College-football-trademarks-intellectual-propertyCollege football is one of America’s most popular sports, and it affords the young men who play it the opportunity to become household names before they even reach the legal drinking age. From the greats of yesteryear like Archie Griffin, Herchel Walker, and Doug Flutie, to more recent icons like Tim Tebow and Johnny Manziel, the game affords these nascent stars a brief moment to burnish a legacy that will live as long as their respective universities field a football team. Given the fleeting nature of college athletics (and college in general), and the particularly short shelf lives of football players, it would seem the logical step for any high-profile athlete to try and cash in on that stardom, which is exactly what one young quarterback seems poised to do.

Kenny Hill is currently enjoying a breakout season as the starting quarterback for Texas A&M, and his parents have filed for a trademark on the phrase “Kenny Trill” with the intent to use the phrase on athletic apparel (for those not in the know, “trill” is a combination of the words “true” and “real” made popular by the rapper Bun B.) Hill himself stated he preferred the “Kenny Trill” nickname to others given to him by fans and the media, such as “Kenny Thrill” or “Kenny Football.” ESPN’s Darren Rovell reported that Texas A&M has had to issue cease-and-desist letters to several online retailers selling “Kenny Trill” merchandise, as the NCAA places the burden on individual schools to stop such infringements.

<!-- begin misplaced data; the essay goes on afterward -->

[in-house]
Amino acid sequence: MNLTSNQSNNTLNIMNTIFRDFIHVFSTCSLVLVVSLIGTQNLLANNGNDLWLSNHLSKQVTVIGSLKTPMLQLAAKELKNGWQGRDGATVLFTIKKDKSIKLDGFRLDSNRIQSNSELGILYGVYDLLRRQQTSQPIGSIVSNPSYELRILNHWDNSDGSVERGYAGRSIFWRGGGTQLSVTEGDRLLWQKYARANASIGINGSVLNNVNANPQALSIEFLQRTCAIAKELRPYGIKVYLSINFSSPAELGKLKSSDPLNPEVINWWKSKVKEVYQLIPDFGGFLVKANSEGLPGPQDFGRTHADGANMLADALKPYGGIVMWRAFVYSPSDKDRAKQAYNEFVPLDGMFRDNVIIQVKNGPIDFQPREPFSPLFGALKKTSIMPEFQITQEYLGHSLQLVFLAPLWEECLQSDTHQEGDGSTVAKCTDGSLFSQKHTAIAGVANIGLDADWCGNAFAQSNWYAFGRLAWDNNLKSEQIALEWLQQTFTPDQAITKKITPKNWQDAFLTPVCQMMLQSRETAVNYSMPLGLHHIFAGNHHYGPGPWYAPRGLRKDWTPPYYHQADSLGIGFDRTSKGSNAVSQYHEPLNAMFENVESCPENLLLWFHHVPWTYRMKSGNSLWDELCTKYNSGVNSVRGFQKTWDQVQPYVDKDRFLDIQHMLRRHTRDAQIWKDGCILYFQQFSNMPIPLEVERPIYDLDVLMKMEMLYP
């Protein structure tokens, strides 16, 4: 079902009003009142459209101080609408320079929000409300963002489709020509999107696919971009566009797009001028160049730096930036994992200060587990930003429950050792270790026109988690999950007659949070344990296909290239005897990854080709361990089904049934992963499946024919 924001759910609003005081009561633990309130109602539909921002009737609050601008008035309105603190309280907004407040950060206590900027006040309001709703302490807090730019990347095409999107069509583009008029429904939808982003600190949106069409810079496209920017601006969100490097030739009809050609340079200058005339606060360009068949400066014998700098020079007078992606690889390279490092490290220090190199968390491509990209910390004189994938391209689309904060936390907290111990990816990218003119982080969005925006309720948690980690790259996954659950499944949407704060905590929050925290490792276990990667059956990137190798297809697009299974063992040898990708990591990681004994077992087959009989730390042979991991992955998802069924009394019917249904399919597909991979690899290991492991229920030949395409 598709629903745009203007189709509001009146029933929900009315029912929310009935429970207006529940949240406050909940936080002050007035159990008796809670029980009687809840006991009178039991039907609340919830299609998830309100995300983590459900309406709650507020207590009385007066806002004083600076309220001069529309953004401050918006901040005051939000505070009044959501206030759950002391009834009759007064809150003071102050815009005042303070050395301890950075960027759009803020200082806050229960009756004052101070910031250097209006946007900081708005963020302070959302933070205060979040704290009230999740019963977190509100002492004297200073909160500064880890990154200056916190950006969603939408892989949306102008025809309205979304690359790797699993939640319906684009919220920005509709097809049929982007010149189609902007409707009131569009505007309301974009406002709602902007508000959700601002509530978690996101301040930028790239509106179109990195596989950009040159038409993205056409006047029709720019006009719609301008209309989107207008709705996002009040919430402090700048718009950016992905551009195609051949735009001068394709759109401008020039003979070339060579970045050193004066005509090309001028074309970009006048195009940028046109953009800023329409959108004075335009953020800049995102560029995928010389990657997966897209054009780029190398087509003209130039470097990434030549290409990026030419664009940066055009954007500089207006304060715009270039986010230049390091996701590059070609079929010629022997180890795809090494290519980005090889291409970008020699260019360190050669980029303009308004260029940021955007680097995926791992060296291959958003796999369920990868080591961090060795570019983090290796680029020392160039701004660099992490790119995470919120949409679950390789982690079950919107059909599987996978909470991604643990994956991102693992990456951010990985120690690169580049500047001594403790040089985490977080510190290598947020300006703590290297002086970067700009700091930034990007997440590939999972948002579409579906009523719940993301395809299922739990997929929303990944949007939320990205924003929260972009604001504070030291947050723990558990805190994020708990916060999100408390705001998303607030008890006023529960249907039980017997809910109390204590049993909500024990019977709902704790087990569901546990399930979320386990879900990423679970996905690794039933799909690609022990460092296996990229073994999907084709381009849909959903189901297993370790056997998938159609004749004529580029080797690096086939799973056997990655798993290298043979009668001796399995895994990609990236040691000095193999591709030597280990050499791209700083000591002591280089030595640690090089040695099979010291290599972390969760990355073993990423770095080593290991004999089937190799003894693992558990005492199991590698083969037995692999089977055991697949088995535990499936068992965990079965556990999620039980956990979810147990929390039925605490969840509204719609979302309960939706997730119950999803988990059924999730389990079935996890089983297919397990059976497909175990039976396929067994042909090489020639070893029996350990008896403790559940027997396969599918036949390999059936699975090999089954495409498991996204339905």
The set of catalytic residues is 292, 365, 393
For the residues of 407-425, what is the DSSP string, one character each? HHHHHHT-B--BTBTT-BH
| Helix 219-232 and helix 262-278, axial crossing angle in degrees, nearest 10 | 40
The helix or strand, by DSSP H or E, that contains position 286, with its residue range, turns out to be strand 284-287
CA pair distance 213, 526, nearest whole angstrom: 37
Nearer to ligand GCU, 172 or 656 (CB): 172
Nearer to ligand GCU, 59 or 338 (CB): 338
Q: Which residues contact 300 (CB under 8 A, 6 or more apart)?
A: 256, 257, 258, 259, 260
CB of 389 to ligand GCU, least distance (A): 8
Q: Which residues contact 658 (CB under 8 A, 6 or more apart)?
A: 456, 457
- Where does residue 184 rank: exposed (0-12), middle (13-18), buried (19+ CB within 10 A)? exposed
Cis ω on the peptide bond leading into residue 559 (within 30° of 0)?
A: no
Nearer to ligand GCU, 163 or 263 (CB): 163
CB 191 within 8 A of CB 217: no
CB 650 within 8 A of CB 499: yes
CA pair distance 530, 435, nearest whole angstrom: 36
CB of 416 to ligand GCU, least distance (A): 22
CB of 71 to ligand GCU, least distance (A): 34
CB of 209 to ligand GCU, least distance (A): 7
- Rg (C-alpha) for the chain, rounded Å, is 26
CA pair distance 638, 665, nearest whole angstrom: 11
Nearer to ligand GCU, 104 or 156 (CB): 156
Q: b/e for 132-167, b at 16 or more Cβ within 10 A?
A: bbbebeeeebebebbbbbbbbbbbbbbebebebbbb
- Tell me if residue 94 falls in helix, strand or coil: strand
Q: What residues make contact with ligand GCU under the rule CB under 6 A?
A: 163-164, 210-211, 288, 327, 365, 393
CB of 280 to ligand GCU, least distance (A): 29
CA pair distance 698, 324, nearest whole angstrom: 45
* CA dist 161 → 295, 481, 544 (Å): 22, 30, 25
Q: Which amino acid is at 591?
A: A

Unfortunately for Hill’s parents, they were not the first in line to file for the trademark on “Kenny Trill.” Andrew Rose, a Louisiana resident, applied for the mark a day before the Hills’ filing. So while Rose might have priority as the first to file with the USPTO, as the trademark is related to a person, he would need permission from Hill himself for the application to go through. Hill also has the endorsement of Bun B, a Houston native and friend of Texas A&M coach Kevin Sumlin, who stated on Twitter:

Texas A&M is certainly no stranger to having a larger-than-life star trying to cash in on his success, nor to exercising their own trademark muscle. Texas A&M holds the rights to several marks related to “12th Man” a reference to its fans, which it subsequently licenses to the Seattle Seahawks. As with any entity, it’s important to make sure your trademarks are protected, and equally so to make sure you aren’t infringing on others' intellectual property. Finding yourself in the center of a potential lawsuit would certainly not be “trill.”

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